I used to hit up a little joint near the Ganesh Temple Canteen in Flushing, called Bownie.
It was a tiny, dark storefront that you could have passed a million times without noticing it. Chances are if you did notice it, you'd likely have mistaken it for one of those makeshift car service joints. What it was, for many years, was Queens' only Sri Lankan eatery.
Bownie was the first place I tried a dish called Kothu Roti, which consists of chopped up roti mixed up and fried with the meat of your choice, assorted vegetables and a dynamic array of herbs and spices. I understand that in Sri Lanka, it's a street classic. In these parts, it was, and still is, hard to find, and I fell in love with it at Bownie. I returned periodically to Bownie over the years and tried other dishes, such as Iddiapam and Fish Curry. Liked them all. On top of that, I liked the people who worked there. Good, friendly folks.
Then, a few years back, something terrible happened.
Bownie burned down. On top of the fact that some good people were out of work, Queens had lost its' only Sri Lankan restaurant. That is, until about a year or two ago, when I heard about a new place that had opened up on Hillside Avenue. I'm sure someone here will remember the name - started with 'A' as I recall - and perhaps a few of you ate there. I never got a chance. On my two lone attempts to eat there, the joint was shuttered, and there was no answer on the phone. Eventually, it was a given that the place was a goner, down before its' prime.
I'd all but given up on Sri Lankan in Queens until this afternoon, when, en route to dropping my car off for servicing, I saw the bright green sign for Spicy Lanka, with the proprietor/server, a very gracious and friendly hostess, standing outside. To my delight, the place wasn't shuttered. It was open.
First, a few facts. Spicy Lanka has been open for about two months. They took over the medium-sized storefront previously occupied by the other Sri Lankan place around 9 months ago, and spent all that time renovating before opening. The chef is, indeed, from Sri Lanka. Sounds like they flew him in just to open the place. I'd give anything to know his impressions of Hillside Avenue.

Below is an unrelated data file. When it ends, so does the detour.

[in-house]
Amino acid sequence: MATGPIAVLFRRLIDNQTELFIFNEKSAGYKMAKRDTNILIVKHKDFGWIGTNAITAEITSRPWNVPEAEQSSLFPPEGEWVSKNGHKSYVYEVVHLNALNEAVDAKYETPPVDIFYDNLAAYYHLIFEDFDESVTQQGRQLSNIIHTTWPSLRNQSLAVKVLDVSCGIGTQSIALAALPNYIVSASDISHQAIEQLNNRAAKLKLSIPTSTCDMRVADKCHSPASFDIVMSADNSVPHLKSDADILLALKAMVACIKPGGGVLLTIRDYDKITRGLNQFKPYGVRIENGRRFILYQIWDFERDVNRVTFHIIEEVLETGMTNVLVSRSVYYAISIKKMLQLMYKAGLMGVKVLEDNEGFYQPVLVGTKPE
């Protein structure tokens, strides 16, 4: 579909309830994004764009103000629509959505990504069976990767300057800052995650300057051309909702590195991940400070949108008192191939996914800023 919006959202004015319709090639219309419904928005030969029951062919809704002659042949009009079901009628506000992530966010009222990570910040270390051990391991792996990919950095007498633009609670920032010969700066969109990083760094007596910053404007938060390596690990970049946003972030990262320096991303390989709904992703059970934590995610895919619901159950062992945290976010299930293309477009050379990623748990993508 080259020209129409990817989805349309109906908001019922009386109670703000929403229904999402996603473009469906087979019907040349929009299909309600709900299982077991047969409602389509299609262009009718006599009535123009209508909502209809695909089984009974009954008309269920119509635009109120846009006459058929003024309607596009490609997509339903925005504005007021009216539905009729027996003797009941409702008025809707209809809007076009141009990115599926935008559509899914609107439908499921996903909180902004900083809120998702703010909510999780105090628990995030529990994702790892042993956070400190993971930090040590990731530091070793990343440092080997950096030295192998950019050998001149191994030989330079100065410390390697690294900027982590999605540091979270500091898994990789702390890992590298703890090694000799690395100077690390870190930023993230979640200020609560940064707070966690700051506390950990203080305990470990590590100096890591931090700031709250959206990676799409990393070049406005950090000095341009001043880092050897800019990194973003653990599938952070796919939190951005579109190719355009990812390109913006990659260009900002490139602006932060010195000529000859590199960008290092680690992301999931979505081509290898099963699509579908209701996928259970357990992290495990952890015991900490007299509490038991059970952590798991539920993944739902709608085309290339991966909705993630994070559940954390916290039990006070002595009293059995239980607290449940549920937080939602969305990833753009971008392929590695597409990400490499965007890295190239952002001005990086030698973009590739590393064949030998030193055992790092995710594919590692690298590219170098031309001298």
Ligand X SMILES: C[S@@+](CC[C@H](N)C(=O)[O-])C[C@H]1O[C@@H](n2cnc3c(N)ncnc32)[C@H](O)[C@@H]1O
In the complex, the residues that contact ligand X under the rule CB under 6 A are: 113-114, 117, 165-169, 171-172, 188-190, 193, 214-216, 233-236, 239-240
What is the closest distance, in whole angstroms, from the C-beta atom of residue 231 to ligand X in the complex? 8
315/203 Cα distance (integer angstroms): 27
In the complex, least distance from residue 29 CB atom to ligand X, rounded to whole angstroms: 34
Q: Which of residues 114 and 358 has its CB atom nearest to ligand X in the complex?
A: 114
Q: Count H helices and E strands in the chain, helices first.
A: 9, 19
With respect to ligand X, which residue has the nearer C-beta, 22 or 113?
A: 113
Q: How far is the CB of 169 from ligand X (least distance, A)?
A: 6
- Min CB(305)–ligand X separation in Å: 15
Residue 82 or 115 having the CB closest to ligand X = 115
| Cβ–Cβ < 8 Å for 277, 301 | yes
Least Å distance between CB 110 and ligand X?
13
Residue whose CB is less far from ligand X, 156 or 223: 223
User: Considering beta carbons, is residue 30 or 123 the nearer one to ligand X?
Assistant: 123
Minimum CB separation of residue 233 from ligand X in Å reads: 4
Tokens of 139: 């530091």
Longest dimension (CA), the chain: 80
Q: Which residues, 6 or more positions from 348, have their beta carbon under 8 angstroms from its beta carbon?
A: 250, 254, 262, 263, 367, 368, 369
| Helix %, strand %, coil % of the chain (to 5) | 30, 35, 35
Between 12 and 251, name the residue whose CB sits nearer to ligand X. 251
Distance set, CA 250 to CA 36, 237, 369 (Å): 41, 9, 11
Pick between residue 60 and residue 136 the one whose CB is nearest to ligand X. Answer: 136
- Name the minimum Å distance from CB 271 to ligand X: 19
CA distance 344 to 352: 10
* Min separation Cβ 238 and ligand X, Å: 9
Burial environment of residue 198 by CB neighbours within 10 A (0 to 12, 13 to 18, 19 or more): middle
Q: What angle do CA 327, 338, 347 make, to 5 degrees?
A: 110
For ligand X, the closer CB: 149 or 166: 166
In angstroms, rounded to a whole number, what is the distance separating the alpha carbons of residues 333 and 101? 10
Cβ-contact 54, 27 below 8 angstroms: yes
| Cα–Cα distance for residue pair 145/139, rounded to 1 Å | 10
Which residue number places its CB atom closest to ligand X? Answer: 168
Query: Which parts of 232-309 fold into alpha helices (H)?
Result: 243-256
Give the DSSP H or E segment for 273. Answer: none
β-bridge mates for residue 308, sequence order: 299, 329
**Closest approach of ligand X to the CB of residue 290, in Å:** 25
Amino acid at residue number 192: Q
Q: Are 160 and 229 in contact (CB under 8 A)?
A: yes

The menu is a work in progress. Like Bownie's, Spicy Lanka has a small, modest selection of curries - I'm going for the Kingfish next time - appetizers and Devil dishes, which are something of a Sri Lankan stir fry. They don't have Hoppers yet, but will as soon as they have the proper kitchen equipment. The decor is nice, simple, clean. Nice bathroom. There's a funky little bar in the back right, but I'm guessing these guys don't have a liquor license yet; I didn't ask.
Pictured below is my lunch today - String Hopper Kothu with beef. String Hoppers are a kind of noodle, aka Idiyappam. The portion was enough for a meal and then some, and could easily be shared by two people along with another dish or two. What to say, I'm in love all over again. For those who've tried this at the celebrated Sigiri, Spicy Lanka's version is just as good, with potent heat, great texture and a wonderful array of flavors. It's also, at 10 bucks, about five dollars cheaper. This dish has a claim on my soul - I consider it a dark master. I know it's not good for me, but I can't stop eating it. With each heaping spoonful, I say I'm going to stop but know that I don't stand a chance. I'm caught in the crosshairs and resigned to my fate.
In all, I've been worse.
I'm excited to try more dishes here, and am really glad we have some Sri Lankan in Queens again. If the kothu is the only good dish here, I'd return again and again just for that.
Hope others come, enjoy and report back.
159-23 Hillside Avenue
(about a block or so away from the Parsons Blvd F stop)
Jamaica, NY 11432
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